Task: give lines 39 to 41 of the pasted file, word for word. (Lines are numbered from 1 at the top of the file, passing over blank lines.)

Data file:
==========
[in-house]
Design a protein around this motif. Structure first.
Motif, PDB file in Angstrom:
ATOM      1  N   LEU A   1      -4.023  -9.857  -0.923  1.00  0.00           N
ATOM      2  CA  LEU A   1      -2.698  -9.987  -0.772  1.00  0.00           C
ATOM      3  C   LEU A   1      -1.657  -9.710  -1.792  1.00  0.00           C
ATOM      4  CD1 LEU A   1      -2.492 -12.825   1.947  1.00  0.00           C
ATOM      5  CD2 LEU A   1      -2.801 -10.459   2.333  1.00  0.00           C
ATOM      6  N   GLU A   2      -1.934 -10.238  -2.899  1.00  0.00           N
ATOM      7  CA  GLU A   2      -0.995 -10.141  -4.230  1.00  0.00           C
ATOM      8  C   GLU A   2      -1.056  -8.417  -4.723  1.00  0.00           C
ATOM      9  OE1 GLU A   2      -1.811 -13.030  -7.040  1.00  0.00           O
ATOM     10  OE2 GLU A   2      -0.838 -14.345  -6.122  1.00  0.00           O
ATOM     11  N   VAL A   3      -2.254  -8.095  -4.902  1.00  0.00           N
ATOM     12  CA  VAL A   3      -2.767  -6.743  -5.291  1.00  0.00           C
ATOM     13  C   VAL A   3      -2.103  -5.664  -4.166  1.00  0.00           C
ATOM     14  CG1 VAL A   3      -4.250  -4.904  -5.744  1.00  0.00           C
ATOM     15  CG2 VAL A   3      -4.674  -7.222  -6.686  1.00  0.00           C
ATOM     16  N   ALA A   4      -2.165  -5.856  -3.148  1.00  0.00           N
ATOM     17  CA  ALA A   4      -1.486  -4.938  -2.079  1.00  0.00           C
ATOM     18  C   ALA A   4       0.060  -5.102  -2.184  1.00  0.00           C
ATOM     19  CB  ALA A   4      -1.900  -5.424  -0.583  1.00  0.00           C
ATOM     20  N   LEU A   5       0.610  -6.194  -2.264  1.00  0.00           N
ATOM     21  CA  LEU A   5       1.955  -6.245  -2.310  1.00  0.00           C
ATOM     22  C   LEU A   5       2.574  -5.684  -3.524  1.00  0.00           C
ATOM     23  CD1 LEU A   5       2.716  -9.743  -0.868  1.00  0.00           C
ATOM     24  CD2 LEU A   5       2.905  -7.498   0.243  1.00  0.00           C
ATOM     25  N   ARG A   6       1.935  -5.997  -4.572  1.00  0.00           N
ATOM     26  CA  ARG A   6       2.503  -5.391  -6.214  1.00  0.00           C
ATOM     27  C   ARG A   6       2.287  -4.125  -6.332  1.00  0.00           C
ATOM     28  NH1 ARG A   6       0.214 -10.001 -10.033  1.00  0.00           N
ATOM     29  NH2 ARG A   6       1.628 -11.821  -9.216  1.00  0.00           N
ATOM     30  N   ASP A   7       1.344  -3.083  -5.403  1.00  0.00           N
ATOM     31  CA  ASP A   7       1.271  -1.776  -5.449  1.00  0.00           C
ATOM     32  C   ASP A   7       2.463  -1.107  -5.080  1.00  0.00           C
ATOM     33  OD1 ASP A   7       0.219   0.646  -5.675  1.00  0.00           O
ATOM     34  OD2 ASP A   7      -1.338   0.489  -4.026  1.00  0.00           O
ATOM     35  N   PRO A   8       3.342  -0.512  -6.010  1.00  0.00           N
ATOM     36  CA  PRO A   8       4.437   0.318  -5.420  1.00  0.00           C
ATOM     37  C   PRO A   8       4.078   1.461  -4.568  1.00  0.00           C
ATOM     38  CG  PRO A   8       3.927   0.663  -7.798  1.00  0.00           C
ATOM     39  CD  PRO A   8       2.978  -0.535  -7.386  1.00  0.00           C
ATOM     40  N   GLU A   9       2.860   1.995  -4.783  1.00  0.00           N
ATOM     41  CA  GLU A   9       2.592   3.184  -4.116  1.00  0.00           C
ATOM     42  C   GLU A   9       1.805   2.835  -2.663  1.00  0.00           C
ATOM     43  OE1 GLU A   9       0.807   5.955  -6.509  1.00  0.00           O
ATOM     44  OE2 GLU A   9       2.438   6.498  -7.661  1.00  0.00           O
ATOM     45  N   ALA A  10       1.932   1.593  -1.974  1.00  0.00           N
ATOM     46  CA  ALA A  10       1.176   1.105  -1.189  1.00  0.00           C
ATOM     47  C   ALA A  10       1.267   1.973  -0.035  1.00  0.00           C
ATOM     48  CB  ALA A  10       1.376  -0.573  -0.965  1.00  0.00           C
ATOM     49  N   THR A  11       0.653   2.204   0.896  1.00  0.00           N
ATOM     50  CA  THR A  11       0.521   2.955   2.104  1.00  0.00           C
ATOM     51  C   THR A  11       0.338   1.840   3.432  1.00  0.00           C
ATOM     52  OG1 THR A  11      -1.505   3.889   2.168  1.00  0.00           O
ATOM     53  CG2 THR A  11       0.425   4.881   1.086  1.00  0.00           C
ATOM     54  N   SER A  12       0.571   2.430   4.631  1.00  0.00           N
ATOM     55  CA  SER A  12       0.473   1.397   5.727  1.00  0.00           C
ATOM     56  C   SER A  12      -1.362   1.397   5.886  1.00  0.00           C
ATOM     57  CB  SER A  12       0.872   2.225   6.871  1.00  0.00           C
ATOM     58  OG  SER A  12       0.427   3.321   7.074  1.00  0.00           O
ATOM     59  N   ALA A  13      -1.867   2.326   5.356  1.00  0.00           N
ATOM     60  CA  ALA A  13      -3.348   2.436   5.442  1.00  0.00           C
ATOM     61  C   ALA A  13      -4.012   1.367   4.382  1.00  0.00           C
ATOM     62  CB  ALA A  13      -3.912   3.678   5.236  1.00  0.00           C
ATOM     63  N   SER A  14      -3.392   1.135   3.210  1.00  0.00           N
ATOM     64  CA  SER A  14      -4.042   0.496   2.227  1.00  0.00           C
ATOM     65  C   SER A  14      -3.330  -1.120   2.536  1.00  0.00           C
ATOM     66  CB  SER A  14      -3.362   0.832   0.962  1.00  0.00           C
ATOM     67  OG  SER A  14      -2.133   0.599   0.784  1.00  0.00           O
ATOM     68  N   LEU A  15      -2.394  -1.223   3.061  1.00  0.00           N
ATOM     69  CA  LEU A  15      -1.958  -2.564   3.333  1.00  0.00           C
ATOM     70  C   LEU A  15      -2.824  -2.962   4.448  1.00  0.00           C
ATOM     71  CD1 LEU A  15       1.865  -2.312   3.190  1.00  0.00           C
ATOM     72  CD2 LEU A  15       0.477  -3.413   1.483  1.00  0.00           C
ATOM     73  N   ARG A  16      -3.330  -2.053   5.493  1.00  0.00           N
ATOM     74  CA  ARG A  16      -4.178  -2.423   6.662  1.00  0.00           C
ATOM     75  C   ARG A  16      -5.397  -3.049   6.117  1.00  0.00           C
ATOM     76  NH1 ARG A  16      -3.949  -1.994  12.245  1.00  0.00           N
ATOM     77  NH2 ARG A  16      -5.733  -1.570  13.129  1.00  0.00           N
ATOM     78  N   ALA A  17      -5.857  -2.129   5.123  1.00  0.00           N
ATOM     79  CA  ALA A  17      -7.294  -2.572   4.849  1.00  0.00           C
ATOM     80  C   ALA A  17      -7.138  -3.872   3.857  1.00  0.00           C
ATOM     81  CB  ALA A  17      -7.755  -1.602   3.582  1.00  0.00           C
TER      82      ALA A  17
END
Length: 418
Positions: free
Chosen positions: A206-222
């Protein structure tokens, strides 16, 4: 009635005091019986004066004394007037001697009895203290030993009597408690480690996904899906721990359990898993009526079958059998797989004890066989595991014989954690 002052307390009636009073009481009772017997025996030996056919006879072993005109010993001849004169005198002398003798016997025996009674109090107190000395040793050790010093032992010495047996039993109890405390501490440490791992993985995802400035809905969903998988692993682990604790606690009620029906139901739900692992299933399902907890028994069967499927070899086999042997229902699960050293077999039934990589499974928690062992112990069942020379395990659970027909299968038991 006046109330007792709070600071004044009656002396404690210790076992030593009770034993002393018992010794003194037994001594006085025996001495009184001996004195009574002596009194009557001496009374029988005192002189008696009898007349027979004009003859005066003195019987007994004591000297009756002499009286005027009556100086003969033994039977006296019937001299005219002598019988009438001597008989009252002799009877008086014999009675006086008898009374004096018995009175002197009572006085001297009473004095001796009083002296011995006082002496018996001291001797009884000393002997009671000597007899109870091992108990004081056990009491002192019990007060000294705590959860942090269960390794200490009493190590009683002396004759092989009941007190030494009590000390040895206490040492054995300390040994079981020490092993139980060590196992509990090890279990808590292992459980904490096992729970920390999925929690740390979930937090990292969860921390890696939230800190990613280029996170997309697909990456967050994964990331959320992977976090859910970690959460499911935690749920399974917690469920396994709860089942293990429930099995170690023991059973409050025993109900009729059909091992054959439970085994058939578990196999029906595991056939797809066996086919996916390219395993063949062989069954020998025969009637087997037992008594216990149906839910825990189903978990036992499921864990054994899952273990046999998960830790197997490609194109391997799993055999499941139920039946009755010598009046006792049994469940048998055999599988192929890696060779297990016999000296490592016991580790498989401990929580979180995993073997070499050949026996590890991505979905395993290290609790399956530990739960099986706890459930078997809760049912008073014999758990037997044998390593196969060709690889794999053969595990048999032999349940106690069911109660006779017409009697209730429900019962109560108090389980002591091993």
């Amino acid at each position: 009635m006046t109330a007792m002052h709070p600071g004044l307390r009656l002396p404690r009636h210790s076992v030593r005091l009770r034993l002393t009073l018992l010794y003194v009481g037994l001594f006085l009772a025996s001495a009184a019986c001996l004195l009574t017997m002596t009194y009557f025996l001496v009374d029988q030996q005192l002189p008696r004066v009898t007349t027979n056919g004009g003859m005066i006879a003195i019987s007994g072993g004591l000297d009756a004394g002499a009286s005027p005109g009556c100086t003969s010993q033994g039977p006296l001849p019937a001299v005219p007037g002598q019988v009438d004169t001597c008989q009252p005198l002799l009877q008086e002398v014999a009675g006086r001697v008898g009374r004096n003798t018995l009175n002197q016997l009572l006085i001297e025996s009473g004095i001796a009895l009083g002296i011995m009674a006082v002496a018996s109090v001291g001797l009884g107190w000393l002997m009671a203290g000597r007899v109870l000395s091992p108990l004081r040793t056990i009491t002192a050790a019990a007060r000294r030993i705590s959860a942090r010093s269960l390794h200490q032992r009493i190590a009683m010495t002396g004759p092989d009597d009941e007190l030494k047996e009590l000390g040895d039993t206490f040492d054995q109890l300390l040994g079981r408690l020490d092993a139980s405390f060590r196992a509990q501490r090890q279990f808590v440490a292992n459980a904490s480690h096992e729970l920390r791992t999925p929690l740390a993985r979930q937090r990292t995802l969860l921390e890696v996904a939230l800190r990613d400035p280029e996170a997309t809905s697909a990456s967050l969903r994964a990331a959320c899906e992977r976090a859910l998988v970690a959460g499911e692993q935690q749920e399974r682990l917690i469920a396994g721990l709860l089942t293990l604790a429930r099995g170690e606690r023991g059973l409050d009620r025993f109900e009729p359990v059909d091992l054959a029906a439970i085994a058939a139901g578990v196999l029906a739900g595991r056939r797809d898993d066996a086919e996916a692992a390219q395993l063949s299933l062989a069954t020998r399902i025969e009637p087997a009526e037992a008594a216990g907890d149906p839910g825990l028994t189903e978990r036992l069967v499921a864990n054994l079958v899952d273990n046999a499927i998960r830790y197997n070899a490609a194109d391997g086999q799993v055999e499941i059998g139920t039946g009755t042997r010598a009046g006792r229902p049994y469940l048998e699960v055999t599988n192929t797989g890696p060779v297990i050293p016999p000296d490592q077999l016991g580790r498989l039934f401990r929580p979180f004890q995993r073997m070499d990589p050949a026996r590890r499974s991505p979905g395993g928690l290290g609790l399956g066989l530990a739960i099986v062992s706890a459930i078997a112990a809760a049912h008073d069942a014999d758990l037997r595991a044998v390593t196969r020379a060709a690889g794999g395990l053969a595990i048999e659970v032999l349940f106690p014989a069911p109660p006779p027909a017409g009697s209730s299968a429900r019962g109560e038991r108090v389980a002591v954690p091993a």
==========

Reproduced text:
ATOM     36  CA  PRO A   8       4.437   0.318  -5.420  1.00  0.00           C
ATOM     37  C   PRO A   8       4.078   1.461  -4.568  1.00  0.00           C
ATOM     38  CG  PRO A   8       3.927   0.663  -7.798  1.00  0.00           C